## Using PRISM – a probabilistic symbolic modelchecker

This entry was posted by on Tuesday, 14 June, 2011 at

There are IEEE standards. There are implementations in hard- and software. There are implementations in software meant for simulation – and then there are models built to validate them. I’ll list some peculiarities of the PRISM modelchecker, as I started using it with only Java / C / C++ / php experience. The syntax is sometimes slightly obscure.

Formulas
What most programming languages call ‘functions’ or ‘methods’, is called a ‘formula’ in PRISM.; It can output either Boolean or int / double etc. So the following returns the Boolean:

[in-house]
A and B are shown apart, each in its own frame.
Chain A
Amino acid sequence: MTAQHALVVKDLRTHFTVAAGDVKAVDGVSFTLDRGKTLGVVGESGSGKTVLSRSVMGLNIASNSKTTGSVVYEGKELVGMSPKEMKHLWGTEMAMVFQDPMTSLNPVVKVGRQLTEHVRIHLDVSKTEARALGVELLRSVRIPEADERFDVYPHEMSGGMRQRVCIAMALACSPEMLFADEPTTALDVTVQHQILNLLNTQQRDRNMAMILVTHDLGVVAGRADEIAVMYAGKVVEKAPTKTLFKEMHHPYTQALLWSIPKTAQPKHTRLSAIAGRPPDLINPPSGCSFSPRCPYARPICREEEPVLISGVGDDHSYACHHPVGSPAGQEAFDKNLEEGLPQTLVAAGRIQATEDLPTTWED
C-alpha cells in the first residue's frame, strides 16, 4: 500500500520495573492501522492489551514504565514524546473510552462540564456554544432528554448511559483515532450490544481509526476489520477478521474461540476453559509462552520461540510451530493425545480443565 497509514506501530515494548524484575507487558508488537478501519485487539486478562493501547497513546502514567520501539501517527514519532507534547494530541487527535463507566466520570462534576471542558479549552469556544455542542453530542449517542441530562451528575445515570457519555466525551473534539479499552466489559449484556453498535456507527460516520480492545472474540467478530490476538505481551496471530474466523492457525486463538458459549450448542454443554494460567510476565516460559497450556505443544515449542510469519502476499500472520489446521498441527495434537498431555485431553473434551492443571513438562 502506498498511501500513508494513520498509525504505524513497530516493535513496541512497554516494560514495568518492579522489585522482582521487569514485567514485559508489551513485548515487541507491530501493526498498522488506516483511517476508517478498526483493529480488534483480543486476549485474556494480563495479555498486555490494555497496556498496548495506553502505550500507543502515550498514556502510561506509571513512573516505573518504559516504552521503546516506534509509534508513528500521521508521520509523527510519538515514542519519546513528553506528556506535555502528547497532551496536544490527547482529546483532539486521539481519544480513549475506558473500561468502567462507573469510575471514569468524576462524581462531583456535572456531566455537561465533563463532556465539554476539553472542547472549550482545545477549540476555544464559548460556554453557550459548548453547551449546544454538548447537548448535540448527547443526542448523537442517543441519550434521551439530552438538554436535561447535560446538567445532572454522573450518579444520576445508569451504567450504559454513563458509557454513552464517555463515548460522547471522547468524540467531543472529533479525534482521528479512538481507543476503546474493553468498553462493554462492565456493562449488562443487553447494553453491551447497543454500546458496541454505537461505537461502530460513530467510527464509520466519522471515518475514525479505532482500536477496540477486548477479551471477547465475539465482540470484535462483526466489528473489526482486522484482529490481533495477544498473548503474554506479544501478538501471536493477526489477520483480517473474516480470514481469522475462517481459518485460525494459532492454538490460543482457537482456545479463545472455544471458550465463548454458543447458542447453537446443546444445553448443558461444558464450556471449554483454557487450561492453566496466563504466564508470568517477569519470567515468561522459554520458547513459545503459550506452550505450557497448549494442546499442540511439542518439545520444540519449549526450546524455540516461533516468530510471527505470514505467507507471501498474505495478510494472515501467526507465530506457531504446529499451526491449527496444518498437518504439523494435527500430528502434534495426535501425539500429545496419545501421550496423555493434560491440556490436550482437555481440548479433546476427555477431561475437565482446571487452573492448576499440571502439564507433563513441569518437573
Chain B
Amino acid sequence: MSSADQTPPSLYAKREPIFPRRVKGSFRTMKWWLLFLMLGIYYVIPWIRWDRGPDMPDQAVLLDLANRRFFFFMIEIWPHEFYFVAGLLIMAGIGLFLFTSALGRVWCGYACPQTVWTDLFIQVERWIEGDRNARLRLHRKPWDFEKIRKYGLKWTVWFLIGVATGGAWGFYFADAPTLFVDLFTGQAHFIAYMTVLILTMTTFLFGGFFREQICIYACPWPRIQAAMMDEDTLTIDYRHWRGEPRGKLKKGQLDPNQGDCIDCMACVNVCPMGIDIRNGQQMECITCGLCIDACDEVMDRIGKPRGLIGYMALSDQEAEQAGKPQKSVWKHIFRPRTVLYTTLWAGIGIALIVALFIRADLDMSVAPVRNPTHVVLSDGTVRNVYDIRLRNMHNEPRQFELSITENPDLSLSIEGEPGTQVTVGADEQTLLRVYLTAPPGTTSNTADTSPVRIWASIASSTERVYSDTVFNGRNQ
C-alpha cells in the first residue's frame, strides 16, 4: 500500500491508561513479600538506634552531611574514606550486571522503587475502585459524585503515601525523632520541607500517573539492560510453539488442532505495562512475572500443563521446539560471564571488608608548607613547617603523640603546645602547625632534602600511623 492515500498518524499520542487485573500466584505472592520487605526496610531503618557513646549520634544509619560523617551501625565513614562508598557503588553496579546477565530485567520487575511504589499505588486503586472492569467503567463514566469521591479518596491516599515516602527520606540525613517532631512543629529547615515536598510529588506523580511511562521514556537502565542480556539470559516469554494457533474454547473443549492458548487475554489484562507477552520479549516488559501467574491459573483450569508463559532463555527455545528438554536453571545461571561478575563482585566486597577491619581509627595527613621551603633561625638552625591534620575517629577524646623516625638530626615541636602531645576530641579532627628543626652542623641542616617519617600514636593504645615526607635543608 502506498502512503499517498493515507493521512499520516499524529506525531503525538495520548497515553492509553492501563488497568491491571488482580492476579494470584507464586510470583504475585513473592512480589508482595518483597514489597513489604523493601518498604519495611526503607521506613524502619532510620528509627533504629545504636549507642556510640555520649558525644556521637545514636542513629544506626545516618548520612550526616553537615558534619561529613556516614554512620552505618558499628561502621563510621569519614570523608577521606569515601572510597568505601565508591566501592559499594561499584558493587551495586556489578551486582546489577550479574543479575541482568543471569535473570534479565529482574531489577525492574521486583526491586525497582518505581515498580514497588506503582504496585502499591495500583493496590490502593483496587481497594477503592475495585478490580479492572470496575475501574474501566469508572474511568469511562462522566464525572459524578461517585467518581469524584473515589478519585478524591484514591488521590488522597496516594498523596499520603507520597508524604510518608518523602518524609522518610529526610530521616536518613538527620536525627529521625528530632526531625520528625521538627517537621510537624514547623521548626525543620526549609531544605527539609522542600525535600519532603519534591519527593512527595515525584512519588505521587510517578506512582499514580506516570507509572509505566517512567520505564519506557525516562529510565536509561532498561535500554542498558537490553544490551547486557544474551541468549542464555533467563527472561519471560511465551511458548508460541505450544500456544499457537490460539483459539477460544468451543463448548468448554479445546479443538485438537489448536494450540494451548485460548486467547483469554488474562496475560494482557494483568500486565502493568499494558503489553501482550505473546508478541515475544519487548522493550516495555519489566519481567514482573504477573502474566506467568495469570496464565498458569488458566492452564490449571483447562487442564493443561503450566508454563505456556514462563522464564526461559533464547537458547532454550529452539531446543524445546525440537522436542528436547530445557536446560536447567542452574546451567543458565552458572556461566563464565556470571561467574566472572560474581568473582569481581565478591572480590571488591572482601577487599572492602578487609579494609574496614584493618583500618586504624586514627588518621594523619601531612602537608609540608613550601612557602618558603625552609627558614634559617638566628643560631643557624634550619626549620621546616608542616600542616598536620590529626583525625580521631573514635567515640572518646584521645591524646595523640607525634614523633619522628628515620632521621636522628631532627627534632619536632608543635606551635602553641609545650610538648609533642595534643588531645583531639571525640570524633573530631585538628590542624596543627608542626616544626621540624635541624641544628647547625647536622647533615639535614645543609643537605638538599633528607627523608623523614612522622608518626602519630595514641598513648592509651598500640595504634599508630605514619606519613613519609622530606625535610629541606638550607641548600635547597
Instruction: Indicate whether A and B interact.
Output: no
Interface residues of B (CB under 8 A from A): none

```formula p1 = j2=1 & k2=0;
```

Whereas this returns the int values:

```formula p1 = j2=1 & k2=0 ? 1 : 0;
```

Notice that the last example uses an inline if-else statement: condition ? return_if_true : return_if_false.

Now why would you need this? Consider the following:

``` 38 // state (0,0)
39     [] (j1=0 & k1=0) -> 1-q : (j1'=0)
40         + q*(1-p1) : (j1'=1)
41         + q*p1/w : (j1'=1)
42         + q*p1/w : (j1'=1) & (k1'=1)
...
```

We use a formula for p1, but if we were to use it as a Boolean value we’d get into trouble, PRISM cannot accept, for instance, the following:

```40         + q & !p1 : (j1'=1)
```

… so we gate access to j1′ by means of a probability ‘q’ and a switch ‘p1’. When we use the inline if-else switch, we can use the first implementation as given in line 40, and it wil simply multiply by 1 or 0.